Knowing that something exists, that it is, forms a beginning of our treatment of experience. What is it that we can say about things simply because we know they exist? First, when Aristotle would say that a thing is present in a subject what he meant was that it must be incapable of existence apart from the subject. For example if he was to say that reason is present in man what he would mean would be that reason cannot exist apart from men. Anything which can be said about a subject is predicable of that subject. For example if he said that Joan is blond he would be saying that blondness is predicable of Joan. Thus, some things are predicable of subject but not present in it, for example 'man' is predicable of an individual man but never present in one.

To think about something is to think about what exists in reference to it. Therefore Aristotle's ten categories of thought are ten categories by which we can determine the essence of something which is, what it is to be something that is. These categories are; "substance, quantity, quality, relation, place, time, position, state, action, and affection." It is through combinations of these terms that assertions are made concerning either sensible or non-sensible things. When we make any assertion using these categories, then that assertion is necessarily either true or false. It is this necessity that makes Aristotle's approach to logic so powerful. What is necessary cannot not be, and it cannot be different than it is. This is because it deals with categories of being, of what is. And it is also why his logic is called categorical logic. If we use these categories to assert things about something that is we can develop valid syllogism's from these assertions and thus learn new things about what we formerly knew very little. When we reason in this way we must only reason from true premises developed from true categorical assertions using valid logical forms, for only then will we come up with valid and incontrovertible conclusions.

From this starting point it is easy to see that the ultimate general term, that is the most general term possible, must stand for absolutely anything that we can talk about, that is, that we can apply the categories to. This is obvious when we realize that for Aristotle what we can know is only derived from what we can talk about. Such a general term, if one existed, would be of particular importance. The term he used was substance. As the specific subject of thought It had to be something that existed, that had being. Thus, it could be anything which is neither predicable of a another specific thing nor present in it, because such things derived their existence from the other thing. We can translate that as meaning anything that can never be said of something else, nor is a necessary part of something else. Examples of substances would be a particular man or horse, or even particular structures determined through reasoning. A substance is not simply something which exists, it is some particular something which exists on its own and not as a part of something else. What is predicable of a substance is the genus or species to which it belongs. What are present in a substance are its attributes, those traits that make it what it is and not something else. For example, when we say that John is a man we say that the genus man is predicable of the substance John. When we say that Jane is a red head we are saying that red hair is present in the substance Jane, that red hair is an attribute of Jane and without it she would not be Jane.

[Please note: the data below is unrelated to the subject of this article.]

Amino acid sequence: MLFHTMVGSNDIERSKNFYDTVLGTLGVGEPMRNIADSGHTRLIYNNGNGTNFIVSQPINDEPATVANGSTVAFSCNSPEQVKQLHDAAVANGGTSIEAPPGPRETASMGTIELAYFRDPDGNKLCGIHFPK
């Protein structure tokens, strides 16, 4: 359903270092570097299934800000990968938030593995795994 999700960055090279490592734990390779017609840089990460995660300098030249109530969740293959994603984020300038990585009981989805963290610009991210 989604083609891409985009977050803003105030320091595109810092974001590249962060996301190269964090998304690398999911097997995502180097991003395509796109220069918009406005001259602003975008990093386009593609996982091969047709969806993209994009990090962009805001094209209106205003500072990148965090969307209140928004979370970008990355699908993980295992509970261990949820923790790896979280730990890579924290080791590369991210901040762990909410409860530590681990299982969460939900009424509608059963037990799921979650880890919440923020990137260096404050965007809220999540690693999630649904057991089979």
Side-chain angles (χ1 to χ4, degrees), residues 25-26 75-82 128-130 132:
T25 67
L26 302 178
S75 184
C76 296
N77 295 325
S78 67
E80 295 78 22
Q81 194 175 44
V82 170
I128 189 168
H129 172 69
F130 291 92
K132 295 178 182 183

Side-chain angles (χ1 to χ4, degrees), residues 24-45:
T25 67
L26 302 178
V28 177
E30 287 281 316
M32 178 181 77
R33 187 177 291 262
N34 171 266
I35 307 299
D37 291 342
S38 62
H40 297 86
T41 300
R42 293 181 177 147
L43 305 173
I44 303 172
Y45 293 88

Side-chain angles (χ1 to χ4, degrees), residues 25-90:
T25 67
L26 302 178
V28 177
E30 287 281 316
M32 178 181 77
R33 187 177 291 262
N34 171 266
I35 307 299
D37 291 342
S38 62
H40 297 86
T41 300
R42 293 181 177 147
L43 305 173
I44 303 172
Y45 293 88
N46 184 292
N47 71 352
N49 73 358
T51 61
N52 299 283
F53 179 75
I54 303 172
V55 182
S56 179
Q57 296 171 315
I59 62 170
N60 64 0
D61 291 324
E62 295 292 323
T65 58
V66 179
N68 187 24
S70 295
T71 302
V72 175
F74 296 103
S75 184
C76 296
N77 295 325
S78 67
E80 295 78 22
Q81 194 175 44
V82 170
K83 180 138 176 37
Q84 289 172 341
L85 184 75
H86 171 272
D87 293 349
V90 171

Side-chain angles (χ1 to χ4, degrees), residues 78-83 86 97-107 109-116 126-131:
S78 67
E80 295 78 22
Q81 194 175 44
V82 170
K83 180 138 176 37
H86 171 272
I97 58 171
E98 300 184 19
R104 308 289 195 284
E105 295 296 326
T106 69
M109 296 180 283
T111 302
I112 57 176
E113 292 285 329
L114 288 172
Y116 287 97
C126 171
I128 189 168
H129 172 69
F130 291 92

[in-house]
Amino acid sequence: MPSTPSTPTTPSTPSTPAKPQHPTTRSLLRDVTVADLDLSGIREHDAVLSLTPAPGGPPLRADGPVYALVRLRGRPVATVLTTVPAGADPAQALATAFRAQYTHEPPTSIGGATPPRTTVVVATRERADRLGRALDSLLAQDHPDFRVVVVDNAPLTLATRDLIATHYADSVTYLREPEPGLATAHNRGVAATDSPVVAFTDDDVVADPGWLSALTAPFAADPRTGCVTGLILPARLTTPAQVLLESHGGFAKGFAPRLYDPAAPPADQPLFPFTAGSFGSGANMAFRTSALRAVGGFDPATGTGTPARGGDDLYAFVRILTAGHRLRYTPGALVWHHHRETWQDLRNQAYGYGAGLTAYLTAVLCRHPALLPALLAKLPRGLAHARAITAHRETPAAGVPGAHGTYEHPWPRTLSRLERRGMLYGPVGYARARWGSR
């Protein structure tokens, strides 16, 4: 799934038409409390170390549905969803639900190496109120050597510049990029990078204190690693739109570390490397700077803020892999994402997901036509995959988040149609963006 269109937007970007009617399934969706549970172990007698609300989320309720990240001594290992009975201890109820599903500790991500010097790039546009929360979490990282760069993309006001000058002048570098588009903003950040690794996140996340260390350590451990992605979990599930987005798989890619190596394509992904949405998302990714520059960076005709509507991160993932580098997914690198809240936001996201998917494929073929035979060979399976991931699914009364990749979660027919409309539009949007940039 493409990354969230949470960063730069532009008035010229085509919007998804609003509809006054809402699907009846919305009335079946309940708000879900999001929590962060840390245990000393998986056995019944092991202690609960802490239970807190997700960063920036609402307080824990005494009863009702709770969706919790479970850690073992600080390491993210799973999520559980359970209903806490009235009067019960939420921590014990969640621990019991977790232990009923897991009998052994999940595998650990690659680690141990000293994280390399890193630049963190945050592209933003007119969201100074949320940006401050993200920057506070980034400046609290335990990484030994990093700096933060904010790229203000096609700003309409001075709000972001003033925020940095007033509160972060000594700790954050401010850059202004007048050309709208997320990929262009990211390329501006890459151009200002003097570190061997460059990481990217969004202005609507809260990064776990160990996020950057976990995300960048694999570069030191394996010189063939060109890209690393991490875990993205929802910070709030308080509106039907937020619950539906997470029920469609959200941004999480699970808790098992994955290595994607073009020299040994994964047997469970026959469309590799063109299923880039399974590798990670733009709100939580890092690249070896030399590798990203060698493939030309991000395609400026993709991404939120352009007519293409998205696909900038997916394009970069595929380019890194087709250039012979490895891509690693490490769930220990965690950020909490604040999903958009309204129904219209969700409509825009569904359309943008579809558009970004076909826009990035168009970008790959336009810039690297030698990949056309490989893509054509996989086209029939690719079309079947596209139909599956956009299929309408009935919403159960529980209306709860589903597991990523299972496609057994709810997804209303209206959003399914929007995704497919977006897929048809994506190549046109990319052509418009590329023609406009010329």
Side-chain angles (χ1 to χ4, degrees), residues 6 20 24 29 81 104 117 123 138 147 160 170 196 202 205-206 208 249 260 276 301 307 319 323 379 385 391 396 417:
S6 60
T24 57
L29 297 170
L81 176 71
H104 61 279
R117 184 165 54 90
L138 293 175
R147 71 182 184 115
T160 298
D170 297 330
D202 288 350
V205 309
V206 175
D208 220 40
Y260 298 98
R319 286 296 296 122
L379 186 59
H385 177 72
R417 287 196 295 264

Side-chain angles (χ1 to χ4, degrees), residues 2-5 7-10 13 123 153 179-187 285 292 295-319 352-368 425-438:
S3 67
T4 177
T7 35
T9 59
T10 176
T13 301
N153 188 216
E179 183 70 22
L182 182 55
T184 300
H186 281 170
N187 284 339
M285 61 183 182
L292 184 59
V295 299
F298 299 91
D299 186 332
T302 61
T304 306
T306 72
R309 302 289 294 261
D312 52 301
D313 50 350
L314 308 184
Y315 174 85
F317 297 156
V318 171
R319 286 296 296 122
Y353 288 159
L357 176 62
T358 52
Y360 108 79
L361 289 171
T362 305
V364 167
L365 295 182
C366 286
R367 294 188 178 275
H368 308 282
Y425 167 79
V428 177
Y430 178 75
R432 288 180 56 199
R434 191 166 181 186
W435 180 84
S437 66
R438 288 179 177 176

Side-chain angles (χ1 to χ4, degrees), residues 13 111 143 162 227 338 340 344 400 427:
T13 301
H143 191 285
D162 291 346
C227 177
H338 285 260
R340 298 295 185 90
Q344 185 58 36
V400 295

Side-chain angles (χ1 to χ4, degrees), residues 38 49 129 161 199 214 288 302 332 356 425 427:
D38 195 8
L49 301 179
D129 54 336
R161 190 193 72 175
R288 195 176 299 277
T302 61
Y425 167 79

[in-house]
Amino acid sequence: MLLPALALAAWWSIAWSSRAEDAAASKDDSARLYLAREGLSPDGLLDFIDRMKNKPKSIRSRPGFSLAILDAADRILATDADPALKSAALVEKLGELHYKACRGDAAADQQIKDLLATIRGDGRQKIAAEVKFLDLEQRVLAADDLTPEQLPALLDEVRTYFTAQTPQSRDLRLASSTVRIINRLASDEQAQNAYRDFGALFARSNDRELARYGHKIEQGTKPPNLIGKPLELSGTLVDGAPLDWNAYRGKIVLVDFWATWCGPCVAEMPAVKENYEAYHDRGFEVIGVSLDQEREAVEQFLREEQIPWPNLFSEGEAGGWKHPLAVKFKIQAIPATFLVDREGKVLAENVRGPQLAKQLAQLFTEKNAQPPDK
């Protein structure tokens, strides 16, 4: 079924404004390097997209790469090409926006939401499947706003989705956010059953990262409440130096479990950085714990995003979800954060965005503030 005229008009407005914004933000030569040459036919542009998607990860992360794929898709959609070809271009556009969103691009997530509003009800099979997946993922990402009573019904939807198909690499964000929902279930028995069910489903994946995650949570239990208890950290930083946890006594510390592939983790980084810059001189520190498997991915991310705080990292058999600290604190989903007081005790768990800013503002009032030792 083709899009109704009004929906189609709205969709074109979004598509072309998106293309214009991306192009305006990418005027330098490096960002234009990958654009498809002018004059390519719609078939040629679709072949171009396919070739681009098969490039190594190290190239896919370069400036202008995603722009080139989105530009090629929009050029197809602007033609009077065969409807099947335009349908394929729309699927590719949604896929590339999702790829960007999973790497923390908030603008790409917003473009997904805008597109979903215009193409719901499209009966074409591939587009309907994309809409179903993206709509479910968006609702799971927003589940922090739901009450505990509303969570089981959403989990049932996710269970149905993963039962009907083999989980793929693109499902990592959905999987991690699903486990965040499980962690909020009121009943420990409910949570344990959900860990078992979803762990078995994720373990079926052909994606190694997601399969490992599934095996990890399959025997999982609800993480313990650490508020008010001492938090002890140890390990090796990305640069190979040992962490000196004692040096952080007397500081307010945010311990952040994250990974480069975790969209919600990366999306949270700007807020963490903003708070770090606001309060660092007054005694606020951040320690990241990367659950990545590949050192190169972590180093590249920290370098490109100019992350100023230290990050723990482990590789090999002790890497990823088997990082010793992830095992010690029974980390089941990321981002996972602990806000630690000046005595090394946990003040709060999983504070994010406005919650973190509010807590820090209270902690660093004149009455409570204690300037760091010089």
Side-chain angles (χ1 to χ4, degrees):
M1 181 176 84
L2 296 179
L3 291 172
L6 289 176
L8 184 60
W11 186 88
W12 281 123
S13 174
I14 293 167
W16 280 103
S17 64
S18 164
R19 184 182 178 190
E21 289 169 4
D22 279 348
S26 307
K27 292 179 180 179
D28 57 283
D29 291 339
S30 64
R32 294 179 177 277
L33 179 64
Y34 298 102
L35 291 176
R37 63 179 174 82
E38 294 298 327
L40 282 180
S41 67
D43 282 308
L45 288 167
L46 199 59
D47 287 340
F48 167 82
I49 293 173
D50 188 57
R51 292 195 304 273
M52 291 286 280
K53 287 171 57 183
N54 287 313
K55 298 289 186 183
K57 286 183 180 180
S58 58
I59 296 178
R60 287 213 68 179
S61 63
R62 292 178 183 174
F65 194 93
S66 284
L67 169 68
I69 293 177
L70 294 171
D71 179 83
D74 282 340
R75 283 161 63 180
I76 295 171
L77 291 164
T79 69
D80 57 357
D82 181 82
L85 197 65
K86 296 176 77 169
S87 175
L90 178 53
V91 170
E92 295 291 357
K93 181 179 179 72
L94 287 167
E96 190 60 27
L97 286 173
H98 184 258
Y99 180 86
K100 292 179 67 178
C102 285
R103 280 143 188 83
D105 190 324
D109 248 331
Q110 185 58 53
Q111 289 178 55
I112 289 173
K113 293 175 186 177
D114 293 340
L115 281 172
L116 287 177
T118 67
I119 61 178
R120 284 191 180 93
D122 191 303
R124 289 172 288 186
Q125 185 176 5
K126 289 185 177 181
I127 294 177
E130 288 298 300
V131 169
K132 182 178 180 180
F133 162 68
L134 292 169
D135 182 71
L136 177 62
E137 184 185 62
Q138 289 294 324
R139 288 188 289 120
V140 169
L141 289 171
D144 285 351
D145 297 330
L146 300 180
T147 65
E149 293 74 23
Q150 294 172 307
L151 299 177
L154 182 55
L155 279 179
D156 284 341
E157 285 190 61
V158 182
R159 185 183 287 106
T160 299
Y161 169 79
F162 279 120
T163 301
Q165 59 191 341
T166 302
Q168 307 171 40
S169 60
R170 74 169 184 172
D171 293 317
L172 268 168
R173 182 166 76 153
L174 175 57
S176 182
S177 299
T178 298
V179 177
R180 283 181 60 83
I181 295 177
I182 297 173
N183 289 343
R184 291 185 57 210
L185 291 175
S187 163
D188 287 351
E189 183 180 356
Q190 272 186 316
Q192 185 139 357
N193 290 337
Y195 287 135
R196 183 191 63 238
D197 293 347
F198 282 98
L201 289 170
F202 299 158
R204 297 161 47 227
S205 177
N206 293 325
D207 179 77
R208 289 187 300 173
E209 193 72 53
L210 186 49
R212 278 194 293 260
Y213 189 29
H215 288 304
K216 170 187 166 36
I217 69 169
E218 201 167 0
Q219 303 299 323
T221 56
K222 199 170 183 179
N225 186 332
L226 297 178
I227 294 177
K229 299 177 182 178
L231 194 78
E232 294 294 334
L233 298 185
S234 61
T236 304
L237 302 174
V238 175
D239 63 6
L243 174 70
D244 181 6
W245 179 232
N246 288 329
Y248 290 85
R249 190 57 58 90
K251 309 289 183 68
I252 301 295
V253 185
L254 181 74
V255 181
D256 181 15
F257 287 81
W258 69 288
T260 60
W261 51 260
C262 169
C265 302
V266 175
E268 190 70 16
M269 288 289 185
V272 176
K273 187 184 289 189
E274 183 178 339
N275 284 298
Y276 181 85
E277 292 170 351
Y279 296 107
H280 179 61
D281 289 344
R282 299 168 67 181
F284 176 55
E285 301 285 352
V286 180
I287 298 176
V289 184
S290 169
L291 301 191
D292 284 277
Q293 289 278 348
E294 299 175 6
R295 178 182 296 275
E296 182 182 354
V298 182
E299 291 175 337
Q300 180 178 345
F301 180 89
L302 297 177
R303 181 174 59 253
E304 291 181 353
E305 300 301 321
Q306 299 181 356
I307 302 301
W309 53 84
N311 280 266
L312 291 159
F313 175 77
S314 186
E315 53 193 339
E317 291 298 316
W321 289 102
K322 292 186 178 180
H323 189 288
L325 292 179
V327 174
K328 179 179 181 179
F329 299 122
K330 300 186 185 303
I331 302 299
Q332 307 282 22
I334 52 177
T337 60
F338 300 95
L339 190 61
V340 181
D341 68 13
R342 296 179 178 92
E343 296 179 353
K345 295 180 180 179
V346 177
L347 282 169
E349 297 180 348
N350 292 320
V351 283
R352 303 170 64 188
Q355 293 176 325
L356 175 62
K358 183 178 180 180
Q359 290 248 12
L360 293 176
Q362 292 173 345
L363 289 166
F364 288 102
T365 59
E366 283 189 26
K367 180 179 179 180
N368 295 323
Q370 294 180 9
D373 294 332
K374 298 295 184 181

What he called secondary substances are things in which primary substances are included, such as the species man or the genus animal. Primary substances are what underlie every specific thing which we can talk about. Everything except a primary substance is either predicable of a primary substance or present in one. In other words what is not a primary substance is either something that can be said about a primary substance or something that determines what a primary substance is.

However, Aristotle said that for anything to become knowable, the philosopher must examine the set of particulars that are involved in determining what it is to extract their common form. Remember that because particular things are constantly changing, knowledge of them by themselves is not possible. Aristotle lived in the same world as Plato and began with the same assumptions. This means that though it is individuals that are the only realities there can be no knowledge of them directly because knowledge is only of essences and essences are of the general terms which are predicated of particular things. Thus, Aristotle's theory of knowledge starts with what it is we can talk about, the ideas that we can communicate to others through the use of words. But from there it merges with Plato's idea that particulars are not knowable because they belong in the world of the changeable and not in the world of the unchanging. But there is a great difference even here because for Plato the forms are real and the individual entities are not. For Aristotle it is the individual entities that are real and the essences are simply what we as reasoning men have extracted from our experience of them.